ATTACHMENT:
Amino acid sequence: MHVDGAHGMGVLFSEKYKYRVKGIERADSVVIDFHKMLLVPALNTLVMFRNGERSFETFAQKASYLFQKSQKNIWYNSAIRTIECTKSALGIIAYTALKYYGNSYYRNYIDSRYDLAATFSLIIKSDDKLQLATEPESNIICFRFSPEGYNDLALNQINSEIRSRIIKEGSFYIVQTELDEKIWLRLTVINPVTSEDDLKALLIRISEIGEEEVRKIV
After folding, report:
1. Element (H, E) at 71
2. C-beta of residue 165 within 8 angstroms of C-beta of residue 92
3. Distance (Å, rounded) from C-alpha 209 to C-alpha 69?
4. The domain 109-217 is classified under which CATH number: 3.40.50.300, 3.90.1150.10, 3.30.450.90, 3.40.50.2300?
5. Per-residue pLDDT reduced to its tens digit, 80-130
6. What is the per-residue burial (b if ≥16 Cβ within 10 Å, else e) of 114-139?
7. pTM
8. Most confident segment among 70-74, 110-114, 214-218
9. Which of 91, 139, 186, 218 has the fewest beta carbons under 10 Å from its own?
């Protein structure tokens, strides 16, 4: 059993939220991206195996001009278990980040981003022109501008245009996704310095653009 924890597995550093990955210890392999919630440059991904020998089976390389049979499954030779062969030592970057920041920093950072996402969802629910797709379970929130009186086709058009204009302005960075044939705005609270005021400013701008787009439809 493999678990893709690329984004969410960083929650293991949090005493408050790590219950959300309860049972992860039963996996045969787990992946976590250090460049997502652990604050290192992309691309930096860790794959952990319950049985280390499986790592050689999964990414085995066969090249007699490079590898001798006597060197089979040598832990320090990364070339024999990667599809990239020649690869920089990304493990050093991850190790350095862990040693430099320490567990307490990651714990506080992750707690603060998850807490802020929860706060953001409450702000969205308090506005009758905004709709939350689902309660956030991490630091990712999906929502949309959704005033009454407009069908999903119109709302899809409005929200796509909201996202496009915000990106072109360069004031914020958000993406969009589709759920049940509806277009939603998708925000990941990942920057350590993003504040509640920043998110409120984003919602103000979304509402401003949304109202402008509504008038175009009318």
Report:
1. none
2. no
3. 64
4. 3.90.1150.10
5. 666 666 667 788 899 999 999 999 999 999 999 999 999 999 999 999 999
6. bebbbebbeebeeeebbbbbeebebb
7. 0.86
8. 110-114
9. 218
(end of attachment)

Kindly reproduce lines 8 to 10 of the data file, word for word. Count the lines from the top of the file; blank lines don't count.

6. What is the per-residue burial (b if ≥16 Cβ within 10 Å, else e) of 114-139?
7. pTM
8. Most confident segment among 70-74, 110-114, 214-218